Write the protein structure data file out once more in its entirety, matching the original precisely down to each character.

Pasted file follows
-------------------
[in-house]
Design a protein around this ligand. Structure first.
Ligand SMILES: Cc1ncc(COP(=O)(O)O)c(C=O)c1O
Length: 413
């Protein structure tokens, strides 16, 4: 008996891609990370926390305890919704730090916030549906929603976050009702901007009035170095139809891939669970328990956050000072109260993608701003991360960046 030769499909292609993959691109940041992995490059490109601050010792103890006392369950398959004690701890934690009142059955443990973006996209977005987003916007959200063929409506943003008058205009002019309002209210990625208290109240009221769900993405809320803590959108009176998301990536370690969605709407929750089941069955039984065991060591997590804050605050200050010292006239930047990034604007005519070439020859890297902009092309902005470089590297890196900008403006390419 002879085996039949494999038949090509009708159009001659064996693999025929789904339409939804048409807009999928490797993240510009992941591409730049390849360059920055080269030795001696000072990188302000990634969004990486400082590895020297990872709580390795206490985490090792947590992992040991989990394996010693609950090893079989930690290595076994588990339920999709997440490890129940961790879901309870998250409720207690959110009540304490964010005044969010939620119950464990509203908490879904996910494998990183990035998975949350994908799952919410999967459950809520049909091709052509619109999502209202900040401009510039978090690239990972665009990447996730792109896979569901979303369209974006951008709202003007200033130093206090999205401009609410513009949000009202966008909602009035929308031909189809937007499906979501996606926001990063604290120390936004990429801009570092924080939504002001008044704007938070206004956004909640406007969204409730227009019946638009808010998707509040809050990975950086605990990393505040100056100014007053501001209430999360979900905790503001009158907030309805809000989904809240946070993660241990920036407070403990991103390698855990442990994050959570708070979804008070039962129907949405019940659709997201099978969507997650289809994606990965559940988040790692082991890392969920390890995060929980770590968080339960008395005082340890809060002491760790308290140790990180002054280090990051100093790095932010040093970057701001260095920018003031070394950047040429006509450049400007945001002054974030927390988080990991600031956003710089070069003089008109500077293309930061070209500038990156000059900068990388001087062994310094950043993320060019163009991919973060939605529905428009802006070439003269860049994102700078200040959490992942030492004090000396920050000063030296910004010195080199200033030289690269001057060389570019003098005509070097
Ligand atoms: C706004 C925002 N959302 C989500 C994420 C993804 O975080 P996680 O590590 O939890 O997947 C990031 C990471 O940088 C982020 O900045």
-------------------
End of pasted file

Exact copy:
[in-house]
Design a protein around this ligand. Structure first.
Ligand SMILES: Cc1ncc(COP(=O)(O)O)c(C=O)c1O
Length: 413
């Protein structure tokens, strides 16, 4: 008996891609990370926390305890919704730090916030549906929603976050009702901007009035170095139809891939669970328990956050000072109260993608701003991360960046 030769499909292609993959691109940041992995490059490109601050010792103890006392369950398959004690701890934690009142059955443990973006996209977005987003916007959200063929409506943003008058205009002019309002209210990625208290109240009221769900993405809320803590959108009176998301990536370690969605709407929750089941069955039984065991060591997590804050605050200050010292006239930047990034604007005519070439020859890297902009092309902005470089590297890196900008403006390419 002879085996039949494999038949090509009708159009001659064996693999025929789904339409939804048409807009999928490797993240510009992941591409730049390849360059920055080269030795001696000072990188302000990634969004990486400082590895020297990872709580390795206490985490090792947590992992040991989990394996010693609950090893079989930690290595076994588990339920999709997440490890129940961790879901309870998250409720207690959110009540304490964010005044969010939620119950464990509203908490879904996910494998990183990035998975949350994908799952919410999967459950809520049909091709052509619109999502209202900040401009510039978090690239990972665009990447996730792109896979569901979303369209974006951008709202003007200033130093206090999205401009609410513009949000009202966008909602009035929308031909189809937007499906979501996606926001990063604290120390936004990429801009570092924080939504002001008044704007938070206004956004909640406007969204409730227009019946638009808010998707509040809050990975950086605990990393505040100056100014007053501001209430999360979900905790503001009158907030309805809000989904809240946070993660241990920036407070403990991103390698855990442990994050959570708070979804008070039962129907949405019940659709997201099978969507997650289809994606990965559940988040790692082991890392969920390890995060929980770590968080339960008395005082340890809060002491760790308290140790990180002054280090990051100093790095932010040093970057701001260095920018003031070394950047040429006509450049400007945001002054974030927390988080990991600031956003710089070069003089008109500077293309930061070209500038990156000059900068990388001087062994310094950043993320060019163009991919973060939605529905428009802006070439003269860049994102700078200040959490992942030492004090000396920050000063030296910004010195080199200033030289690269001057060389570019003098005509070097
Ligand atoms: C706004 C925002 N959302 C989500 C994420 C993804 O975080 P996680 O590590 O939890 O997947 C990031 C990471 O940088 C982020 O900045």